Seth Wenger.
Seth Wenger.
Seed Savers Exchange invites everyone to enjoy an afternoon of singing and community amongst the beauty of the Driftless region.

Seth Wenger, an Iowa Arts Council (IAC) and National Endowment for the Arts (NEA) Project Grant recipient and Scattergood Friends School (SGFS) Musician in Residence, is presenting a shape note singing workshop and leading an open community singing event in the Heritage Farm Barn Saturday, May 20, from 2 to 5 p.m.

A potluck will follow the event. Attendees are invited to bring a dish to share.
Singing will be out of the 1991 edition of the Sacred Harp, and loaner books will be available.

Wenger will address the history and evolution of the music, speak to the current demographics of the singing community, and lead an introduction to the rudiments of the four shape singing system.

The content and length of the workshop and singing school will be determined by the participants themselves.

“If there are people who want to learn more, I will speak more; if there are people who want to discuss more, I am overjoyed to facilitate that discussion; if people just want to sing, I will make sure the basics are covered, and we’ll sing our hearts out,” Wenger said.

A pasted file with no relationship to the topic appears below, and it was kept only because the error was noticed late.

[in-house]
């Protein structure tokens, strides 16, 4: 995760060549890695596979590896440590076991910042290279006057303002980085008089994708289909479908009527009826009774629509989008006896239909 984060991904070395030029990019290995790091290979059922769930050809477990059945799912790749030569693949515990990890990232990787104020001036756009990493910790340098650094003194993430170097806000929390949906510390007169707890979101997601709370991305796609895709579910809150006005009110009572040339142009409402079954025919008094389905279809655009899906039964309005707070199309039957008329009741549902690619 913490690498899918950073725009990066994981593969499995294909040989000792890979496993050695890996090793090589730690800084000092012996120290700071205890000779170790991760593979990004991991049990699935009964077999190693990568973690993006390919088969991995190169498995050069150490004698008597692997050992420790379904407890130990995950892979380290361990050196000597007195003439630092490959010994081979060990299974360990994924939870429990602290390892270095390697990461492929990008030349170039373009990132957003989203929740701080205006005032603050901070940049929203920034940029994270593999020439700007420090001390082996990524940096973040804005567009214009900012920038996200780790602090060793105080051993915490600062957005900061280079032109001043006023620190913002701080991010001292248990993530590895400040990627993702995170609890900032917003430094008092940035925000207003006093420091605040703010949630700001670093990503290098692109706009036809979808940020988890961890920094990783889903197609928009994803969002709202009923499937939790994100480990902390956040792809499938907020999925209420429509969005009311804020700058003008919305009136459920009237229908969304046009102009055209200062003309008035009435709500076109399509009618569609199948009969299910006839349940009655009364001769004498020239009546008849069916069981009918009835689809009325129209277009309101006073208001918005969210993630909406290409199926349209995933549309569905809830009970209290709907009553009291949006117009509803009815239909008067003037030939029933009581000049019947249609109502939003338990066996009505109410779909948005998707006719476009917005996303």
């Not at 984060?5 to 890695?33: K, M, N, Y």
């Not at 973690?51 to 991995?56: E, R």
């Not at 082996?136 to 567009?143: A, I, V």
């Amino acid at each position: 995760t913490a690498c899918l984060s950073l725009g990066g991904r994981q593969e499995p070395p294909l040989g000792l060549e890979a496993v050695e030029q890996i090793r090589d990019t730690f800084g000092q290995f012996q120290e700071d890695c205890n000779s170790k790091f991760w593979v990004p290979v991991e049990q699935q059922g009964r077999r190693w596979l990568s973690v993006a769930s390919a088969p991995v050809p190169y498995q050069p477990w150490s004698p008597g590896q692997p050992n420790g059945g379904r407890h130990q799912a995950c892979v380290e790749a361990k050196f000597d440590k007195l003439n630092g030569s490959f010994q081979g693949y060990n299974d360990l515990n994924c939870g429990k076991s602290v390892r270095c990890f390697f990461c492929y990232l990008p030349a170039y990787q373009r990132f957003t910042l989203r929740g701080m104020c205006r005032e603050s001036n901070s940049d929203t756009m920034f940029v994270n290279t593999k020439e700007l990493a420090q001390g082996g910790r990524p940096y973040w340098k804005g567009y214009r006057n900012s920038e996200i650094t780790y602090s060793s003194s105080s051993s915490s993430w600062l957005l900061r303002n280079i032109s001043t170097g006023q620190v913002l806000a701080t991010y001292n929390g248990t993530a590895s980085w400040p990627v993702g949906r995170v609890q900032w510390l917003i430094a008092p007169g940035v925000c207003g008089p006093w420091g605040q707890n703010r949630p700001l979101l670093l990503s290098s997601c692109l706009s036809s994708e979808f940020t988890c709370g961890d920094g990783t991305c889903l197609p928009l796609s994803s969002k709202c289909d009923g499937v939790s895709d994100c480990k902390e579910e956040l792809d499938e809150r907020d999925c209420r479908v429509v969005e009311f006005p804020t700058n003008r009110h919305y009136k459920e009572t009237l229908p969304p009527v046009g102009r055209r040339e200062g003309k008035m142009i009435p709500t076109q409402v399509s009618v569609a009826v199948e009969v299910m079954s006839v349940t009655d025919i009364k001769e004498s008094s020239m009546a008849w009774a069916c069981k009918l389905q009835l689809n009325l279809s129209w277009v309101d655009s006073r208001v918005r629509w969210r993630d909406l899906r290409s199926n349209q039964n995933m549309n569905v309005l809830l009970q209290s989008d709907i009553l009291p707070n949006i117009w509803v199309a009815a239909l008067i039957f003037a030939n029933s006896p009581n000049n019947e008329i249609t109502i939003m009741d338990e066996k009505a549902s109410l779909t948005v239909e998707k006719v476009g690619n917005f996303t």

The event is one of four being presented as the educational outreach component to Wenger’s academic, documentary and creative work this past year in the field of shape-note music.

He has partnered with the IAC, NEA and SGFS to expand his knowledge of shape-note singing and increase networking and visibility of the art form in the state of Iowa. Local Decorah partners include Seed Savers Exchange.

About shape note singing
The practice of shape note singing was developed in early colonial America as an instructional tool for teaching sight reading and singing skills in untrained populations. It is still written in the four shape system, but is also written in standard notation, like much of the other American hymnology practiced today.
Practitioners from all walks of life and levels of experience have and continue to make up this vibrant, diverse, democratically-organized community. Shape note singing, the oldest form of post-colonial American folk music, has continued to take on new composers and singing members over the years.